Women Reveal the One Thing About Marriage That Has Surprised Them the Most

Love & Learn 5

wedding ceremony eden roc miami beach pogo photoThese days, you'd think there's very little -- if nothing at all -- about marriage that we don't see coming from miiiiles away. After all, most of us live with our partners for years before we have a ring on it. What could possibly catch us off-guard? In some regards, nothing changes. But the truth is that no matter how long you've lived with your partner before saying "I do," there are aspects of officially being a Mr. and Mrs. that can take you by surprise

Here, what women who've been married anywhere from a couple of months to over a decade wish they'd known about marriage before they tied the knot ... 

  1. Suddenly, some people think your marital status gives them free rein to bring up babies! One woman admits she had no idea that after getitng married "people would suddenly think it was okay to talk about the goings-on inside my uterus!" Another reports, "Everyone I meet asks when we're having babies. Even a jeweler showed me some necklaces that would make for a nice push present someday -- his words, not mine!"
  2. Sex may be even BETTER once you're married. Let's kill that persistent myth that married sex is snooze-worthy -- or nonexistent! One woman admits, "I was surprised that the sex is actually just as good if not better than before marriage!
  3. New expectations come into play. What you were accountable for as a girlfriend may not be what your husband and/or his family think you should be doing as a wife. Could be based on a culture clash or just different family dynamics.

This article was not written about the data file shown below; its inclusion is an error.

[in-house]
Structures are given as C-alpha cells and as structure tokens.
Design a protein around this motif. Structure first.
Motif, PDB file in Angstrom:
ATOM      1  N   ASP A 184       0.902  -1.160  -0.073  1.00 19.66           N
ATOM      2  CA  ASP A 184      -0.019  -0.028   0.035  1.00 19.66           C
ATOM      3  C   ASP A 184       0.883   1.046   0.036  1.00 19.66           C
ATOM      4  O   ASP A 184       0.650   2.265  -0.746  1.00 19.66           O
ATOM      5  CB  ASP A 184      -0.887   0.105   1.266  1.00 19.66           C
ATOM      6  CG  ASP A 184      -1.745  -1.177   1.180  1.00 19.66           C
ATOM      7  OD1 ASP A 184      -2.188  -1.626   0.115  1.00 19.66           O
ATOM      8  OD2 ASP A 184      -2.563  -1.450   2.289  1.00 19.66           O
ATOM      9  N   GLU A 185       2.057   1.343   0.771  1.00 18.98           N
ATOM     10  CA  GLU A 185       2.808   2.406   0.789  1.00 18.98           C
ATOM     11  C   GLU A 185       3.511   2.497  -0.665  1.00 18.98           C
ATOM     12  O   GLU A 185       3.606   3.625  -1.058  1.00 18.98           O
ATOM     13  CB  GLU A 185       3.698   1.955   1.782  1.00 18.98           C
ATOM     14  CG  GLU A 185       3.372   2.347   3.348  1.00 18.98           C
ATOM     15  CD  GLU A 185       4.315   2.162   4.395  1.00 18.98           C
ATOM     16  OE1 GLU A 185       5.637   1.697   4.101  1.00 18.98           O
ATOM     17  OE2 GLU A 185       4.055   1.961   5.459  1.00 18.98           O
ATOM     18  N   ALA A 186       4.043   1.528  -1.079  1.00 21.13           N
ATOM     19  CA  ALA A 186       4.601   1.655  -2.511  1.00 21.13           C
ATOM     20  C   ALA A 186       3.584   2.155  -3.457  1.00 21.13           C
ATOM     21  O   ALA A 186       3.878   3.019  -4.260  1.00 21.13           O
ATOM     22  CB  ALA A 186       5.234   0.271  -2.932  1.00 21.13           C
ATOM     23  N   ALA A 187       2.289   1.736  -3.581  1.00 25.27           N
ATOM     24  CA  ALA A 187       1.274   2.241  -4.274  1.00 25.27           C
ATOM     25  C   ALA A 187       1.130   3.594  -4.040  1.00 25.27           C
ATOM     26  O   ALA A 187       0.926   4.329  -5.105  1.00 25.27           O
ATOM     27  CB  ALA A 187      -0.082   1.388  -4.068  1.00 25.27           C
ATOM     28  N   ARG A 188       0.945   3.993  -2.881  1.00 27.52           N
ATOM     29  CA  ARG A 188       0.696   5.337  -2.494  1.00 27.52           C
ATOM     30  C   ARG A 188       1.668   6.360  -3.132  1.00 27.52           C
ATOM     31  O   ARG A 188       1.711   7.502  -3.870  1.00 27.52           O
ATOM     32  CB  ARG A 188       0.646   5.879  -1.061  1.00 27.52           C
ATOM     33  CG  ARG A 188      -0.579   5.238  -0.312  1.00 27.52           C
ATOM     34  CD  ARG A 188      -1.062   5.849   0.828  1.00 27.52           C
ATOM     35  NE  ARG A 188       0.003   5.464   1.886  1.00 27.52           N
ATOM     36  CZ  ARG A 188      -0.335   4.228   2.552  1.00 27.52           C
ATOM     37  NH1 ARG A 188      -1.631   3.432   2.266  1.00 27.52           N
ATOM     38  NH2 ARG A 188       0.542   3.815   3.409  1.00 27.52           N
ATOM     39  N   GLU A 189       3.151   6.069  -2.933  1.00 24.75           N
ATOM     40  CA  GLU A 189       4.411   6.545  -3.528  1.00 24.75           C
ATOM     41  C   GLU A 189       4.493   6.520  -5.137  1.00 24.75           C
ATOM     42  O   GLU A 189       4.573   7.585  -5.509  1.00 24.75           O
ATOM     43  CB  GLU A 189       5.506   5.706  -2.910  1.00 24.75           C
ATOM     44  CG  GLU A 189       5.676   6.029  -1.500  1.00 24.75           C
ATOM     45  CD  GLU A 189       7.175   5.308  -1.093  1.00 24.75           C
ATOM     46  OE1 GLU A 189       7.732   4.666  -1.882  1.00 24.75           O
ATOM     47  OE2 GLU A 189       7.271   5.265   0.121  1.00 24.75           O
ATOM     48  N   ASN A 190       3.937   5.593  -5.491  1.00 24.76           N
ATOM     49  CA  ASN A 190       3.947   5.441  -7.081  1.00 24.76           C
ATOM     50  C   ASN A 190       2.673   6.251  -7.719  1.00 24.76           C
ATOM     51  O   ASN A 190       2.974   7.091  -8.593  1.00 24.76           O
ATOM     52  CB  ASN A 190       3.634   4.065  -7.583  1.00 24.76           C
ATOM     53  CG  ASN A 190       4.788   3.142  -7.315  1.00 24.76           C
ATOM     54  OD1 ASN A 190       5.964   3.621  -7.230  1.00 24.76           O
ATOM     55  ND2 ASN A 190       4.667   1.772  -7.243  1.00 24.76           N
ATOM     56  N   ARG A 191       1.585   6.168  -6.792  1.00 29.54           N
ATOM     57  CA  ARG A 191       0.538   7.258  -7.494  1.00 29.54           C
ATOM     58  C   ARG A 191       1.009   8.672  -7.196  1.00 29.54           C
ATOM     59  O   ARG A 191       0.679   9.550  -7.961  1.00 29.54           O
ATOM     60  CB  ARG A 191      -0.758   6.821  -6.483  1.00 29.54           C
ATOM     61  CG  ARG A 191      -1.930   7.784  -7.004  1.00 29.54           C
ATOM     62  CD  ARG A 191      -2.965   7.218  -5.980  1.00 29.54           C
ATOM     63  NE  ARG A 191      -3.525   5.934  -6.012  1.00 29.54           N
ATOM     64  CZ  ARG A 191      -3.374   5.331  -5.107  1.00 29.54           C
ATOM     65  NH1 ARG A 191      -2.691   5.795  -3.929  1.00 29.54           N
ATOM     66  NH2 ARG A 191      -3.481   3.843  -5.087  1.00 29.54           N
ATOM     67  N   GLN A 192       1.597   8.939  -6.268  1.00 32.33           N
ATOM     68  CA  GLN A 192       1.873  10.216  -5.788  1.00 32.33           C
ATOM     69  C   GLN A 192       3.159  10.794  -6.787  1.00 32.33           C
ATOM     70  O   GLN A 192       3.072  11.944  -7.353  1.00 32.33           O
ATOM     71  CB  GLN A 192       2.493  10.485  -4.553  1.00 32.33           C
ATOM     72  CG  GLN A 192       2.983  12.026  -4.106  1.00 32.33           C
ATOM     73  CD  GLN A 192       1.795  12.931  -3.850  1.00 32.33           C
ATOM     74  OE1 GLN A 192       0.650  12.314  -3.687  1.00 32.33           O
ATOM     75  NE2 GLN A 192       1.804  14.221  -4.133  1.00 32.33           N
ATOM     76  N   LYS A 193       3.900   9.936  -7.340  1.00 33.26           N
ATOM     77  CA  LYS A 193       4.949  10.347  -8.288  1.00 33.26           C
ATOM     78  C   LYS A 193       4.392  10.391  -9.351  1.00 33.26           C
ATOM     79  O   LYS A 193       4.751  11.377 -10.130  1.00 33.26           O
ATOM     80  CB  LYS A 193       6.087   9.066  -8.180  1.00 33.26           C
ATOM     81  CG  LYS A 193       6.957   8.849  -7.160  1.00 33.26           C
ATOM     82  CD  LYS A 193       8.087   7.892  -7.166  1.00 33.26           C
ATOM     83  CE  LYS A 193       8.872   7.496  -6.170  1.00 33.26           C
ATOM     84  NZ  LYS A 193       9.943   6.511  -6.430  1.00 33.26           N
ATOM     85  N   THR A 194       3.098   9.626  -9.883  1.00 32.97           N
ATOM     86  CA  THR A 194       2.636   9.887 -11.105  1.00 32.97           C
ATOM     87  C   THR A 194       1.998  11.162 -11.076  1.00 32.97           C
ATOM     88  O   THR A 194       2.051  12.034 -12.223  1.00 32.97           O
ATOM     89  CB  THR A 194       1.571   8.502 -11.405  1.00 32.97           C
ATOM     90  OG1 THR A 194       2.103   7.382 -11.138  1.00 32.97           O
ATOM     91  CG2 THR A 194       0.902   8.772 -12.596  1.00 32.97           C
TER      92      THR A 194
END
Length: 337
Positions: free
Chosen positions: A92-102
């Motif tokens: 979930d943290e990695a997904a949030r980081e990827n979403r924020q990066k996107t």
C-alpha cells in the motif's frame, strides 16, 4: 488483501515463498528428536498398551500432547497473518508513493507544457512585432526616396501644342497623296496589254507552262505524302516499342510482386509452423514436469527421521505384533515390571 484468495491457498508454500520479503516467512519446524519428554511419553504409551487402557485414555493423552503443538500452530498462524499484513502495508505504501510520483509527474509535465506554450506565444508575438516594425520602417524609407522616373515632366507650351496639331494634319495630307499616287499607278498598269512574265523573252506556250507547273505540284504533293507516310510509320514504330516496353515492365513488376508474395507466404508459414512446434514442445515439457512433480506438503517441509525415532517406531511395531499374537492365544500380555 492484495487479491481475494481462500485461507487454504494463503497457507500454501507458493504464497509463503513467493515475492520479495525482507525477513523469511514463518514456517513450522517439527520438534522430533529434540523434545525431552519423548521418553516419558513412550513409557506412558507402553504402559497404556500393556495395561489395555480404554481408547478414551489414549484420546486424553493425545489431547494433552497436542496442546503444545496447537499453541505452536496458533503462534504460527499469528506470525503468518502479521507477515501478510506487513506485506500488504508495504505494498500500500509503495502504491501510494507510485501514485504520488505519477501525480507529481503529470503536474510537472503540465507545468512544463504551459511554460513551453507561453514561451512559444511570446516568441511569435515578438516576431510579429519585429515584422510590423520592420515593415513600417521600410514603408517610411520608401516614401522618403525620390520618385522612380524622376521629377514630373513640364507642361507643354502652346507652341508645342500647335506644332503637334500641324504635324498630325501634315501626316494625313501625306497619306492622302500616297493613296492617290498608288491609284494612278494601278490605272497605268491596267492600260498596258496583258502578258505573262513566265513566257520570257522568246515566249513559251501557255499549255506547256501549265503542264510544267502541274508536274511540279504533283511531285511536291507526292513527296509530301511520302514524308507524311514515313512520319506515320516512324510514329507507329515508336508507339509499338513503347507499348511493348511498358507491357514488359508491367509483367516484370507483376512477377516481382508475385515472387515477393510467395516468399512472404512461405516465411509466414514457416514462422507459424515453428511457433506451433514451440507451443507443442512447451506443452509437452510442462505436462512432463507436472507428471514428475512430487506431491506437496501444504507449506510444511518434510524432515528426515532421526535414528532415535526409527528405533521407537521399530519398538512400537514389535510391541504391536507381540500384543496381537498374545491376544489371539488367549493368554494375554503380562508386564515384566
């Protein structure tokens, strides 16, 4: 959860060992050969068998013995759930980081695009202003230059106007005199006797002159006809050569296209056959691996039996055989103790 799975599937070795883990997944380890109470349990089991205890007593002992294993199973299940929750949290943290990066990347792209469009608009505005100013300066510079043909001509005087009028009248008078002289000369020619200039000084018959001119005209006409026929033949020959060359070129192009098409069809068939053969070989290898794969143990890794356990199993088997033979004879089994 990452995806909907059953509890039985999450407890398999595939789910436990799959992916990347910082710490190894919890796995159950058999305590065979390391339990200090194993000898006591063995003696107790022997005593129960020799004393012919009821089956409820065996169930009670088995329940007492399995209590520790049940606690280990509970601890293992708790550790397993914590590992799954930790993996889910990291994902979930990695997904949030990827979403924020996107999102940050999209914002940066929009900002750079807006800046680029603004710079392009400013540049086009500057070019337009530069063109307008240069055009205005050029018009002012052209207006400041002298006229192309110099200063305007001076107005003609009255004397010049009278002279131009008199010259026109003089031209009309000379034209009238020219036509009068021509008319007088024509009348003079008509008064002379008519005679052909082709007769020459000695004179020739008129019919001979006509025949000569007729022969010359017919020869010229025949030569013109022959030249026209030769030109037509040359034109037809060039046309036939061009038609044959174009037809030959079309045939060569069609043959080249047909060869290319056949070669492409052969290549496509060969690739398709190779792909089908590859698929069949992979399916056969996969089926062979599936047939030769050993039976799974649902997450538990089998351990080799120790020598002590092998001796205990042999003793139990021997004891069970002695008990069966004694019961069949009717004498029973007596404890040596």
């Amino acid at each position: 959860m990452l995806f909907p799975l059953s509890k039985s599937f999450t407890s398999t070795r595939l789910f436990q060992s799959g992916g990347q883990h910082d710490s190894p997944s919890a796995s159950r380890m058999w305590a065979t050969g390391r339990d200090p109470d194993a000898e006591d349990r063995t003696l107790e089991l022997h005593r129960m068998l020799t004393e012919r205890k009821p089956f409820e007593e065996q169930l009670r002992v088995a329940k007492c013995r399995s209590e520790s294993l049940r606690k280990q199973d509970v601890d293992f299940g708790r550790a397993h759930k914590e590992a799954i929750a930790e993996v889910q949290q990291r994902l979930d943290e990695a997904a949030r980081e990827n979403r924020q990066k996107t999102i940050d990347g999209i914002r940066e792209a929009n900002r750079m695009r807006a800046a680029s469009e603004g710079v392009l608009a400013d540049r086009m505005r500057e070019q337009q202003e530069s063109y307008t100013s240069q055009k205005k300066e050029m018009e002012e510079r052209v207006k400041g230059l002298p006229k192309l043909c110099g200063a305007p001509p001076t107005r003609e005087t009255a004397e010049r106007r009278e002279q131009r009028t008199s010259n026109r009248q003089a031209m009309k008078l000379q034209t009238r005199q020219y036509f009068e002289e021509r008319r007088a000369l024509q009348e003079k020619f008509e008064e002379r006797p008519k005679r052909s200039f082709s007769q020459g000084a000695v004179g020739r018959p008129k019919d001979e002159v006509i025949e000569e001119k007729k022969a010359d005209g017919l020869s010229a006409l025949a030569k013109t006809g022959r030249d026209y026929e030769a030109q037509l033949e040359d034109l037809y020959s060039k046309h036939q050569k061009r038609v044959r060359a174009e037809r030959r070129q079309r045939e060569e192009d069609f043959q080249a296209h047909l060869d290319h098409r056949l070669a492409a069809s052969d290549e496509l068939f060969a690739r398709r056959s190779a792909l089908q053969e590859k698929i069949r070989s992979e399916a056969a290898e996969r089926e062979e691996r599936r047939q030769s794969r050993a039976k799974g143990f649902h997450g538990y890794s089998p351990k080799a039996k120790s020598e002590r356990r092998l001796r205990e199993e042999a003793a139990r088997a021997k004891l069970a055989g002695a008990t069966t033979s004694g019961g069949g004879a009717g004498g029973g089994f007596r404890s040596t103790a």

4. Communication about money becomes more crucial than ever. It's one thing to be paying bills together as a couple who lives together, but once you're married, there's a whole new layer of accountability -- filing joint taxes and knowing your credit directly affects the other person, etc.
  5. Even if you do combine assets, it's important to have your own bank account. One woman admits she learned that this was important "for personal spending without feeling guilty."
  6. You may be surprised how housework ends up getting divided. Even if you lived together before you got married, division of chores can change over time. For some couples, equal division of tasks works best. But that's not true for every couple. As one woman put it, "I think it should be divided however works best for you and your husband. It turns out that I really enjoy cooking every day and find cleaning stress-relieving."
  7. You may not want to change your last name ... professionally, right away, or ever. Even if you thought you knew what you wanted to do before you got married, faced with the actual reality of doing away with an identity you've known for however many years as a grown adult can be challenging, and it's normal to feel torn about it. It's also okay to take your time making up your mind about it.
  8. You end up feeling supported in a way you didn't before. Says one woman who lived with her husband for years before getting married, "I never knew about the ense of support you feel. It's different after you're married. I knew my husband always had my back before, but once we tied the knot, it seemed to be stronger."